TSMC’s Kumamoto Plant: chip orders exceed production capacity, even before mass production

TSMC is the world’s largest chipmaker. They make chips for a wide range of industries, from smartphones to cars to data centers. Their chips are in almost every piece of technology we use in our daily lives. This makes TSMC very busy, and they are constantly producing chips. However, even this is not enough, as the production capacity of their new Kumamoto factory is already fully booked before it has even started mass production. Here are the details

TSMC is always looking for ways to meet the ever-increasing demand for its chips. To do this, the company not only upgrades its existing production facilities, but also builds new ones. One of these new facilities is the Kumamoto factory in Japan. The Kumamoto factory cost TSMC more than $8.6 billion to build. It is scheduled to start mass production in 2024 and will employ around 1,700 people. The project is so big and important that it was a collaboration between TSMC and Sony Semiconductor Solutions.

Sony and TSMC has indicated that the demand for semiconductors will outstrip the supply that can be provided by the TSMC Kumamoto plant. This news has been revealed by Terushi Shimizu, President and CEO of Sony Semiconductor Solutions. The plant has already received a large order from Honda, and the increasing interest in electric vehicles is expected to lead to even more orders. Industry experts believe that the partnership between Sony and TSMC will help the plant reach its full capacity early on.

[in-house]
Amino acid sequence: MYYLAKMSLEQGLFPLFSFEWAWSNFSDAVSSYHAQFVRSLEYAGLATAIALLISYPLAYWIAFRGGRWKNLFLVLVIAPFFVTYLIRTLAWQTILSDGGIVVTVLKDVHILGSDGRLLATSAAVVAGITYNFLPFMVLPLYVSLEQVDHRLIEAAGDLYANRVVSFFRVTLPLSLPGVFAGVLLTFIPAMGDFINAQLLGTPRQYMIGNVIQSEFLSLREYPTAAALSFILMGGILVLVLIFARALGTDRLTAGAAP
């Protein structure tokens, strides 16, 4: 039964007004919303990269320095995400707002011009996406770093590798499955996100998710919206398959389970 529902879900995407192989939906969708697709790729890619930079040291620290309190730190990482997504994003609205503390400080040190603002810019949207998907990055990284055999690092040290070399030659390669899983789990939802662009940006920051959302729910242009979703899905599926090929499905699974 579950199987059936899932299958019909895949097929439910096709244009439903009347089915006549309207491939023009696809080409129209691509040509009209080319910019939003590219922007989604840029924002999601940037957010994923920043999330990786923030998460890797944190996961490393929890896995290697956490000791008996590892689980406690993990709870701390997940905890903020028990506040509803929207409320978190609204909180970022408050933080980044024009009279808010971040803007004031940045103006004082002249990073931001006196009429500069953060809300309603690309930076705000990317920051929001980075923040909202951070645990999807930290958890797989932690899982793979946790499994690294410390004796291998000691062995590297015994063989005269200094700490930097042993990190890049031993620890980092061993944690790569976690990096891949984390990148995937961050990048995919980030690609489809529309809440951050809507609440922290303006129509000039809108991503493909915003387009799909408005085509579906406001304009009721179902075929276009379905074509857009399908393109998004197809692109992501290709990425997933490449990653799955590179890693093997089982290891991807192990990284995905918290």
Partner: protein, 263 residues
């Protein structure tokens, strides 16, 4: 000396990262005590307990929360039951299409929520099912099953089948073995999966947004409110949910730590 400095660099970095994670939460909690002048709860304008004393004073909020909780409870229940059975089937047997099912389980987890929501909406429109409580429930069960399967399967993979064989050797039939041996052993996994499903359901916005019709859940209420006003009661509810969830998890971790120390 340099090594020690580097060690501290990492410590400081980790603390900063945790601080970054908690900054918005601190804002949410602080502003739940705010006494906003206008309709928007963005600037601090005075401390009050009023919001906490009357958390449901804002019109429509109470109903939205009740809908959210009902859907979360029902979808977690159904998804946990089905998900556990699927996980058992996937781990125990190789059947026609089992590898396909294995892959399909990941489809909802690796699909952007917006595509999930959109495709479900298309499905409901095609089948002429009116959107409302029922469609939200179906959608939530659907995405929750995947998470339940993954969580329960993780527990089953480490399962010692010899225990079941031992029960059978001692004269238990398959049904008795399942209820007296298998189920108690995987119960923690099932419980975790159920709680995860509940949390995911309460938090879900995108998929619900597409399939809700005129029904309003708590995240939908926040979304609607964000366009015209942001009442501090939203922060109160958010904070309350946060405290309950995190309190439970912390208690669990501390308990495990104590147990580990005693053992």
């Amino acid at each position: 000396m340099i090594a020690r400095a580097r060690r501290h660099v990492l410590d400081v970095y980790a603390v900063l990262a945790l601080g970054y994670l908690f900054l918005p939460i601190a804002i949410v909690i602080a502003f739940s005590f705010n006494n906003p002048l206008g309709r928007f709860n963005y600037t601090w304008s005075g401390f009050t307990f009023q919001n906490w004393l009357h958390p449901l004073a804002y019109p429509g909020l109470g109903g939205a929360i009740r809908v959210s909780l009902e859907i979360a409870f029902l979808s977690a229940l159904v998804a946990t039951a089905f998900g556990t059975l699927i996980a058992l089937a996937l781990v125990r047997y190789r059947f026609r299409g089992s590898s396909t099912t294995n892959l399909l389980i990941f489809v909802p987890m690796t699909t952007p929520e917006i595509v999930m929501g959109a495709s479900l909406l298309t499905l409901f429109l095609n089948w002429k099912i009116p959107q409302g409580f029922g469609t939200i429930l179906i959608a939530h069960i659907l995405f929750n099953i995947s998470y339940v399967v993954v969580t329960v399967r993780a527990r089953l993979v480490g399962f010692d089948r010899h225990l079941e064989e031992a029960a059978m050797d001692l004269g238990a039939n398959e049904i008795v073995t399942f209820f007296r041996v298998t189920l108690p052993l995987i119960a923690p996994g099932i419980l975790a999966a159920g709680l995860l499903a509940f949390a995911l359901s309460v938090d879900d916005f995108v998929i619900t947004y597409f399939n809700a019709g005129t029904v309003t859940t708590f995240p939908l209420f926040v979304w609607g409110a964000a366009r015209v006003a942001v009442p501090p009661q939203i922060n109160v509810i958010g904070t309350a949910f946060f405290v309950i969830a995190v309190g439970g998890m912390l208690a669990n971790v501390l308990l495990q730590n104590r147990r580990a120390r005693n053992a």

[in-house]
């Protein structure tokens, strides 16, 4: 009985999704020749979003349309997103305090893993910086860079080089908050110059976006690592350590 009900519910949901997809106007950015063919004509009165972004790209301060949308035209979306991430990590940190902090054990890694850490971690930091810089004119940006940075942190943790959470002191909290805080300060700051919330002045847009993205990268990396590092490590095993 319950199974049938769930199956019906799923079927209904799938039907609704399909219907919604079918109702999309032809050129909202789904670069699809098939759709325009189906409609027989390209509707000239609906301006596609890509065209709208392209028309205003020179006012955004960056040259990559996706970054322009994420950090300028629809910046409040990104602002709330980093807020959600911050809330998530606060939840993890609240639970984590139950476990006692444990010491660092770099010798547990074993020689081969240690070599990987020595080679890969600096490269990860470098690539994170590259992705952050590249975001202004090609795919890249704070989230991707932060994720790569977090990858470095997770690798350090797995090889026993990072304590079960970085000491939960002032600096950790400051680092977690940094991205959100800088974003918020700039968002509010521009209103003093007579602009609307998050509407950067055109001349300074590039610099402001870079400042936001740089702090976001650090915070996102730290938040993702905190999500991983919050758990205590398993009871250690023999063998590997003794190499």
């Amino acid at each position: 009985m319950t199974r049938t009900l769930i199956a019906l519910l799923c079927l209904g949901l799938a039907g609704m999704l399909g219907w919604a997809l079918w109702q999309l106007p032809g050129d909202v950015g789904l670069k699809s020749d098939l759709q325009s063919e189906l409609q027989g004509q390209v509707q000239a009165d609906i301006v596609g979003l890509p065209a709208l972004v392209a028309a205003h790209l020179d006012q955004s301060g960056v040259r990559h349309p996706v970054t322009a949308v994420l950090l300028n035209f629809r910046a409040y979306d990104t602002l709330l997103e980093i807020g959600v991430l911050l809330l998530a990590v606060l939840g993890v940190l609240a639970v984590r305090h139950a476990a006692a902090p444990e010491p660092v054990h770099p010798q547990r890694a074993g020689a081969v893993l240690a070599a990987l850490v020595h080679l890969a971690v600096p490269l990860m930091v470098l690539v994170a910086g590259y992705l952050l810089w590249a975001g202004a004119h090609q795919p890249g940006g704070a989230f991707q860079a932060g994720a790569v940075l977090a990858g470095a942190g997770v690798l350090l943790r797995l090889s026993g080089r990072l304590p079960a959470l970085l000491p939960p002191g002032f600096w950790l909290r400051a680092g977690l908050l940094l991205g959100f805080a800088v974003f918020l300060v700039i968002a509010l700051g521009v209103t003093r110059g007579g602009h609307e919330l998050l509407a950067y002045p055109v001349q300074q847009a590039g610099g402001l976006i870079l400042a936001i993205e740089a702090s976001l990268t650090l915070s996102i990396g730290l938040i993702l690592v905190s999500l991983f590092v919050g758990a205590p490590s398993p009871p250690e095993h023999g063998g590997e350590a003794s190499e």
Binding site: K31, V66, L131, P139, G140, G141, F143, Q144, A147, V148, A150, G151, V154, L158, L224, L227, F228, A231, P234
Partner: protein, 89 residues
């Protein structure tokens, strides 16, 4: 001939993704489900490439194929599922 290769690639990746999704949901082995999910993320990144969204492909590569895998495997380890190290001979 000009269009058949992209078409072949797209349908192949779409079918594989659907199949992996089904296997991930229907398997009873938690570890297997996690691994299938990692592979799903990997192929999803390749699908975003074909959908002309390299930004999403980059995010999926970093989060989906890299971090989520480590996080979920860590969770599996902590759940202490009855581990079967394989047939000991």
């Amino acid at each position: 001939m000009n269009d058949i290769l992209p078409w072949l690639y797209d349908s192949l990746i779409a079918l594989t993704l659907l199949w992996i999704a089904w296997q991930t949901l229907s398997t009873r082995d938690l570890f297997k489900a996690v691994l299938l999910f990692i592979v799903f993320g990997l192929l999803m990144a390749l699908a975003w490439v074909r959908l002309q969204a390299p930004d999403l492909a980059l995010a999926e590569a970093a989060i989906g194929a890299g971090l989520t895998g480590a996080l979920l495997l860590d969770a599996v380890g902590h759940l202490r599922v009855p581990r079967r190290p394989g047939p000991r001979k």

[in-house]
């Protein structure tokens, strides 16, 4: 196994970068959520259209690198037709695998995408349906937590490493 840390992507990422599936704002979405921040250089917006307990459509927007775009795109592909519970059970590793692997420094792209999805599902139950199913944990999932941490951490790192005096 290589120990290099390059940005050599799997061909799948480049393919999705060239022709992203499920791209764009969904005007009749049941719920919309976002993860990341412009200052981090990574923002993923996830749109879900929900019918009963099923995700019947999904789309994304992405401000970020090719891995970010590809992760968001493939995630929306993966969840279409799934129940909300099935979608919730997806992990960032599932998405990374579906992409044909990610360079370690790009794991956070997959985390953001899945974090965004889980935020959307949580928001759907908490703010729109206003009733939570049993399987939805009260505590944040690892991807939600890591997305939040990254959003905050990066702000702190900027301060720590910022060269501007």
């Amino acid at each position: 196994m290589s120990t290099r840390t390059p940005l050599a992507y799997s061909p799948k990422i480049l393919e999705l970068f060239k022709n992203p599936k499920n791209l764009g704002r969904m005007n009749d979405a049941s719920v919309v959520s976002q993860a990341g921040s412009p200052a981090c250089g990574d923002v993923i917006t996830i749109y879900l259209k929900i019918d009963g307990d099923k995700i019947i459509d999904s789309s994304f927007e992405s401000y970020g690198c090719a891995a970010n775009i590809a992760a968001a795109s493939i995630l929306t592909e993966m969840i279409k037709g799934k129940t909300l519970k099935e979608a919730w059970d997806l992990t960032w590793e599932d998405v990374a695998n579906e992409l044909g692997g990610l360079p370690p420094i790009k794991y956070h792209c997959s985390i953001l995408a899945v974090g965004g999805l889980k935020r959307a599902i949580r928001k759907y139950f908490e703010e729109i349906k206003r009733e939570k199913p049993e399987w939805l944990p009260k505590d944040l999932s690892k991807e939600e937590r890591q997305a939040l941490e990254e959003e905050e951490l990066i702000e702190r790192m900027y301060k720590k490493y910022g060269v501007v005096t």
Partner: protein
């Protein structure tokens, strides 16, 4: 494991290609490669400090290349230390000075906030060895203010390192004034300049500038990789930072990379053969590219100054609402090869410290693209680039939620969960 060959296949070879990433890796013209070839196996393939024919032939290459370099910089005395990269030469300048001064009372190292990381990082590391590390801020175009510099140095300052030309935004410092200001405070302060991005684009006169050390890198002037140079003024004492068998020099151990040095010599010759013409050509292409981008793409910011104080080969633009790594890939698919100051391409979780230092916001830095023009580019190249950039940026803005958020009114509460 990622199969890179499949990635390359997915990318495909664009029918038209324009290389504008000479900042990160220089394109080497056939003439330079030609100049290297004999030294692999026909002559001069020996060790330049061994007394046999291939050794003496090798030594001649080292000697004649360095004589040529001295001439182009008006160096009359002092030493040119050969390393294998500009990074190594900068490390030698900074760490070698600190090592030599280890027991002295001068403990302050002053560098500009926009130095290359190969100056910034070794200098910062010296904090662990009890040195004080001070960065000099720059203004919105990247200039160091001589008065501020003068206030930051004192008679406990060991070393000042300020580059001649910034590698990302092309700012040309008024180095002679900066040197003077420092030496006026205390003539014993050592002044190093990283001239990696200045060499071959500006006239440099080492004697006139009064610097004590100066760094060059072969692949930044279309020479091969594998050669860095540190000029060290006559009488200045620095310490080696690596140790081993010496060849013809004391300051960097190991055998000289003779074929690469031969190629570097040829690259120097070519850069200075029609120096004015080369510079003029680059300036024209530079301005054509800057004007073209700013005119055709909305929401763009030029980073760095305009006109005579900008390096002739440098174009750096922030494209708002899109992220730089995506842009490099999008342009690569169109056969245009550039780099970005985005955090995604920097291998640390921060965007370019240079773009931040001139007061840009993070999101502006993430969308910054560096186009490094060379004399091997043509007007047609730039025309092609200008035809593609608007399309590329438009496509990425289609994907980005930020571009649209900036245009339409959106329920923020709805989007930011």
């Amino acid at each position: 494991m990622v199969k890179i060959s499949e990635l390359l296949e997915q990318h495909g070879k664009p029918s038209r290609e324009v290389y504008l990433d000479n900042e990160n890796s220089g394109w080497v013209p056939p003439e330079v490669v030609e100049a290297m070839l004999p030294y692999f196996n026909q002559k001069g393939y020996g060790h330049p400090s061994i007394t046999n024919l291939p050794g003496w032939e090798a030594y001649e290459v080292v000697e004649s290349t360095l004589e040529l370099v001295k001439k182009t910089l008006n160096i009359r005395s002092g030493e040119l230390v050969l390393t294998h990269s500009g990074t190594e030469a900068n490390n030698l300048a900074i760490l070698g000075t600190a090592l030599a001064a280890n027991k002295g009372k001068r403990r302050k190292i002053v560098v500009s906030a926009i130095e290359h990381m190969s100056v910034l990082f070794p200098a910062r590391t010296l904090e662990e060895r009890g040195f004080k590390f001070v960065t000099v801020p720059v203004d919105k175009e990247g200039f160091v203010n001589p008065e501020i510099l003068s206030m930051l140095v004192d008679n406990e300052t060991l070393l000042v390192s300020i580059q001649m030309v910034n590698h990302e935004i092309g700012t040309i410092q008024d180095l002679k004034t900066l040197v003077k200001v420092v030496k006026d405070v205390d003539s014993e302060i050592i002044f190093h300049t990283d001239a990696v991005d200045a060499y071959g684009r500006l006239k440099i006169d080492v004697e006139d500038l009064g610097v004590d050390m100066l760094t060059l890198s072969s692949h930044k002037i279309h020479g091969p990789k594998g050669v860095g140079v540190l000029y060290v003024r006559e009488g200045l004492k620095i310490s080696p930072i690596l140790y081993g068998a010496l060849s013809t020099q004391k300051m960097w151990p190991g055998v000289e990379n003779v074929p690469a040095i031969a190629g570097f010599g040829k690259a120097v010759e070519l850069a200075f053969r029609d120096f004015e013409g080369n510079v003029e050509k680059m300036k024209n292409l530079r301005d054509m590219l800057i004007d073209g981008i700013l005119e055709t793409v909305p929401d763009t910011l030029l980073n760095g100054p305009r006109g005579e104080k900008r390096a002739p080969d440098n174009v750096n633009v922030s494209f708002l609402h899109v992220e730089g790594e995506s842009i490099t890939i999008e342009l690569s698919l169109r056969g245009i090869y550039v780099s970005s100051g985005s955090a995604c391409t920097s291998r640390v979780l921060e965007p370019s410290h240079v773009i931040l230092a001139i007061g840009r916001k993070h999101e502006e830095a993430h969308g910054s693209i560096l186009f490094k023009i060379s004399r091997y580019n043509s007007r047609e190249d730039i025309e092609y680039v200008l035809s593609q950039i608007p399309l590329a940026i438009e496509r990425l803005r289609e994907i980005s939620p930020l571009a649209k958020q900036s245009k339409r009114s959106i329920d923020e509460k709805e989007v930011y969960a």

Moreover, this isn’t the only possible solution. One possibility is that TSMC will build a second wafer production facility in Japan. TSMC’s chairman, Mark Liu, has said that the company is considering this option, but no final decision has been made. If TSMC does decide to build a second plant in Japan, it would likely be located near the current plant in Kumamoto. The Japanese government is eager to attract more investment from TSMC, so it is expected to offer the company substantial subsidies.